7 Ways a Parent Can Encourage an Interest in Science

Are your children interested in science?

Trying to get kids interested in the STEM subjects (Science, Technology, Engineering and Maths) can be an uphill struggle with many kids put off these areas at a very early age.

But often a child's attitude to education, and even to different subjeect areas, can be formed through their parents' attitude towards them.

If you want kids to be interested in science and the STEM subjects then you need to prioritise family activities and attitudes that encourage this.

Read on to find out how to give kids a head start in the subjects that will determine our future world by encouraging an interest and science-based activities.

Here are 7 ways a parent can encourage an interest in science:

1. Show them that science is exciting
Children will study many subjects in school, including science.

As a parent you can help by telling them and showing them thaat science is exciting.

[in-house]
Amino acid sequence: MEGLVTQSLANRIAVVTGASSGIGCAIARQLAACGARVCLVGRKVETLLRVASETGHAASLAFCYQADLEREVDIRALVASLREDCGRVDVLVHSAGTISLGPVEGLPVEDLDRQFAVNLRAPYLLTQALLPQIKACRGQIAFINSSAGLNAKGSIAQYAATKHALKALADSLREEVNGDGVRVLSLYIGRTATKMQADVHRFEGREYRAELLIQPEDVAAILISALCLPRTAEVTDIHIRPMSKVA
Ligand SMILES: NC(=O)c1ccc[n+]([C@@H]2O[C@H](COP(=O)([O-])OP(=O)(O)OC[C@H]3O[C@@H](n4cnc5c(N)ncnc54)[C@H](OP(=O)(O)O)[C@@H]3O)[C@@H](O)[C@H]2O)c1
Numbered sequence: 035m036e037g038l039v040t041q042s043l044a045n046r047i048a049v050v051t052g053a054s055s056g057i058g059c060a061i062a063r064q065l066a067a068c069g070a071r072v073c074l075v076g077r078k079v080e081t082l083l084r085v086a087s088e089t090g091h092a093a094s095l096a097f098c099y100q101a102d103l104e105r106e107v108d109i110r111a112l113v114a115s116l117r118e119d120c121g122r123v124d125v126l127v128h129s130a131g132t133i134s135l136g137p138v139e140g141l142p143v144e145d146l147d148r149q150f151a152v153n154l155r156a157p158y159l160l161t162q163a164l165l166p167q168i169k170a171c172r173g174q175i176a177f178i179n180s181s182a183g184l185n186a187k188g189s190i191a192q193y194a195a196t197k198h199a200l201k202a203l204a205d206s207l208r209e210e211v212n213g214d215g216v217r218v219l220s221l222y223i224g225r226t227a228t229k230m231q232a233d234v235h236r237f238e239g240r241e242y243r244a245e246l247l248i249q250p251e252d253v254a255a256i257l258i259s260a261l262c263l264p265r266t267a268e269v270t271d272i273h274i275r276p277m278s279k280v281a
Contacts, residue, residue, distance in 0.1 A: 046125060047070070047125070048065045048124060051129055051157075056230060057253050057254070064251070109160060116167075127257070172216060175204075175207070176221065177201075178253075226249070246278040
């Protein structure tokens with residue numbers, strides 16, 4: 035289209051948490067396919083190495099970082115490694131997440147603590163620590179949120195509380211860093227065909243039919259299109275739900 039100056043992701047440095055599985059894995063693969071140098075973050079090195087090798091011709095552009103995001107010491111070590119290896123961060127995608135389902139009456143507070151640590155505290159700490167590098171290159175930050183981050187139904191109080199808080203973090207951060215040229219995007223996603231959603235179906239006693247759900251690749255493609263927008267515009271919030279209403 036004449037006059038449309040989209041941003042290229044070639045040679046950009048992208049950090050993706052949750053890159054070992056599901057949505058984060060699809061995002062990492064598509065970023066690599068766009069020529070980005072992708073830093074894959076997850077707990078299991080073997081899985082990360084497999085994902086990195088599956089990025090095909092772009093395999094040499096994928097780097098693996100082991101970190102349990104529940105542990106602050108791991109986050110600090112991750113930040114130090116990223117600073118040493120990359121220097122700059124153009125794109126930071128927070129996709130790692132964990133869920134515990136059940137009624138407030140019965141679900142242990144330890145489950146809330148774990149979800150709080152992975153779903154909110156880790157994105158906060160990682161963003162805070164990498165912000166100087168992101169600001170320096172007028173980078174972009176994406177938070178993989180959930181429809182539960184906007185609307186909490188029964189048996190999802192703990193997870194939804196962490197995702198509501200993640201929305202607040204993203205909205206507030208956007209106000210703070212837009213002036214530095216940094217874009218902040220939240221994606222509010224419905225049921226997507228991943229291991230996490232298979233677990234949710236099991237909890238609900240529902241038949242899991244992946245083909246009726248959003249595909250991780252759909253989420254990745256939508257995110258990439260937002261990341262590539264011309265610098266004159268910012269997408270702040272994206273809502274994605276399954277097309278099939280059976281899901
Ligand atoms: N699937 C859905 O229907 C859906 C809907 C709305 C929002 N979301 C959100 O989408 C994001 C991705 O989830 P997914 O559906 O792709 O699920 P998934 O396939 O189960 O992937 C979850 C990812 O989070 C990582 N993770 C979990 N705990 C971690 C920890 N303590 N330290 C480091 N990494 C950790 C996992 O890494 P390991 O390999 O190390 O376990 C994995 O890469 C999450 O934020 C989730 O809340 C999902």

Even if you didn't enjoy science at school yourself or feel like you don't know enough, avoid saying negative things about such a wide subject.

You may have hated chemistry and learning the elements of the periodic table (me!) but you can still encourage your child to learn about dinsoaurs or space exploration or the laws of physics.

2. Visit museums

Treat learning about science like a voyage of exploration for the whole family.

Visit Science and Natural History Museums together to find out about the world and prompt more and mroe questions and discoveries.

Not only are museums a great day out, they are a great place to start learning more as a family.

Most kids love dinosaurs and space, so start there, then go on to see what else the museum has to offer.

Some natural history museums have a planetarium attached too, a visit there is a great way to get them interested in exploring the stars, or just lay a rug out in your backyard and observe the night sky.

Many museums offer a "Night at the Museum" sleepover experience, which could be a fun activity for the whole family.